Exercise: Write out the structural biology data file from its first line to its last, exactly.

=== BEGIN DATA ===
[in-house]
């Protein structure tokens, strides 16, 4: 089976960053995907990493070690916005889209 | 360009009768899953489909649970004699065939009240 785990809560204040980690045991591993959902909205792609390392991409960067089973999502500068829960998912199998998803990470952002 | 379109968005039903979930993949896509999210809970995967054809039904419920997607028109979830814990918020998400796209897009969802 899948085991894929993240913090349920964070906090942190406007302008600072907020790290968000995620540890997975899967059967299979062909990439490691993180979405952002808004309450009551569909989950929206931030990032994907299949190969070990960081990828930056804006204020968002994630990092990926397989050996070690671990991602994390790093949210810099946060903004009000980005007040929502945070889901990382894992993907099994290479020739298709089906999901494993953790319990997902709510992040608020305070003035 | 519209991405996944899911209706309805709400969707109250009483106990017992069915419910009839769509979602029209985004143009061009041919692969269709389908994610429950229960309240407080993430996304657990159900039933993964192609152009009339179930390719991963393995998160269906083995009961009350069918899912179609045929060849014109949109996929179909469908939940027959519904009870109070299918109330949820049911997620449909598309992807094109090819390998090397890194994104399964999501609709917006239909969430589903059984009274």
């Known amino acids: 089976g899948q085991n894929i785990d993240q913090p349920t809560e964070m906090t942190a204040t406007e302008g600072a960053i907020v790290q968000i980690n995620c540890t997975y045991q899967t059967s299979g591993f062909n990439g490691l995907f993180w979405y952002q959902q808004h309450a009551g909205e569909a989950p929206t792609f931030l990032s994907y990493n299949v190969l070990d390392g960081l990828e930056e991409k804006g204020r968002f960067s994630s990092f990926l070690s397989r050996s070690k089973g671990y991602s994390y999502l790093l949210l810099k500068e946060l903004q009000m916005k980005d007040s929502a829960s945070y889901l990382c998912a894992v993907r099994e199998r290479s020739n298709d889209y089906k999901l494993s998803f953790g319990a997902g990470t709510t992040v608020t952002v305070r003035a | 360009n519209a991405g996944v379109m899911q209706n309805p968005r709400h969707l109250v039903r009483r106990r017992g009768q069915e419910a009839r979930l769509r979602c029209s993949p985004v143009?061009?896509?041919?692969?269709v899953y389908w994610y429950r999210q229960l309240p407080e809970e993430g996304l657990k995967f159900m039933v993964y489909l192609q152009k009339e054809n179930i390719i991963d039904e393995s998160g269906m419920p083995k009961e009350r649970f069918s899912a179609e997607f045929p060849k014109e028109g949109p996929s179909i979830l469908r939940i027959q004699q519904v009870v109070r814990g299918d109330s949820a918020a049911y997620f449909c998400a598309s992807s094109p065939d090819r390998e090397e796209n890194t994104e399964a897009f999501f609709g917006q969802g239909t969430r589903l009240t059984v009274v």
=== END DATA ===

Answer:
[in-house]
């Protein structure tokens, strides 16, 4: 089976960053995907990493070690916005889209 | 360009009768899953489909649970004699065939009240 785990809560204040980690045991591993959902909205792609390392991409960067089973999502500068829960998912199998998803990470952002 | 379109968005039903979930993949896509999210809970995967054809039904419920997607028109979830814990918020998400796209897009969802 899948085991894929993240913090349920964070906090942190406007302008600072907020790290968000995620540890997975899967059967299979062909990439490691993180979405952002808004309450009551569909989950929206931030990032994907299949190969070990960081990828930056804006204020968002994630990092990926397989050996070690671990991602994390790093949210810099946060903004009000980005007040929502945070889901990382894992993907099994290479020739298709089906999901494993953790319990997902709510992040608020305070003035 | 519209991405996944899911209706309805709400969707109250009483106990017992069915419910009839769509979602029209985004143009061009041919692969269709389908994610429950229960309240407080993430996304657990159900039933993964192609152009009339179930390719991963393995998160269906083995009961009350069918899912179609045929060849014109949109996929179909469908939940027959519904009870109070299918109330949820049911997620449909598309992807094109090819390998090397890194994104399964999501609709917006239909969430589903059984009274």
């Known amino acids: 089976g899948q085991n894929i785990d993240q913090p349920t809560e964070m906090t942190a204040t406007e302008g600072a960053i907020v790290q968000i980690n995620c540890t997975y045991q899967t059967s299979g591993f062909n990439g490691l995907f993180w979405y952002q959902q808004h309450a009551g909205e569909a989950p929206t792609f931030l990032s994907y990493n299949v190969l070990d390392g960081l990828e930056e991409k804006g204020r968002f960067s994630s990092f990926l070690s397989r050996s070690k089973g671990y991602s994390y999502l790093l949210l810099k500068e946060l903004q009000m916005k980005d007040s929502a829960s945070y889901l990382c998912a894992v993907r099994e199998r290479s020739n298709d889209y089906k999901l494993s998803f953790g319990a997902g990470t709510t992040v608020t952002v305070r003035a | 360009n519209a991405g996944v379109m899911q209706n309805p968005r709400h969707l109250v039903r009483r106990r017992g009768q069915e419910a009839r979930l769509r979602c029209s993949p985004v143009?061009?896509?041919?692969?269709v899953y389908w994610y429950r999210q229960l309240p407080e809970e993430g996304l657990k995967f159900m039933v993964y489909l192609q152009k009339e054809n179930i390719i991963d039904e393995s998160g269906m419920p083995k009961e009350r649970f069918s899912a179609e997607f045929p060849k014109e028109g949109p996929s179909i979830l469908r939940i027959q004699q519904v009870v109070r814990g299918d109330s949820a918020a049911y997620f449909c998400a598309s992807s094109p065939d090819r390998e090397e796209n890194t994104e399964a897009f999501f609709g917006q969802g239909t969430r589903l009240t059984v009274v």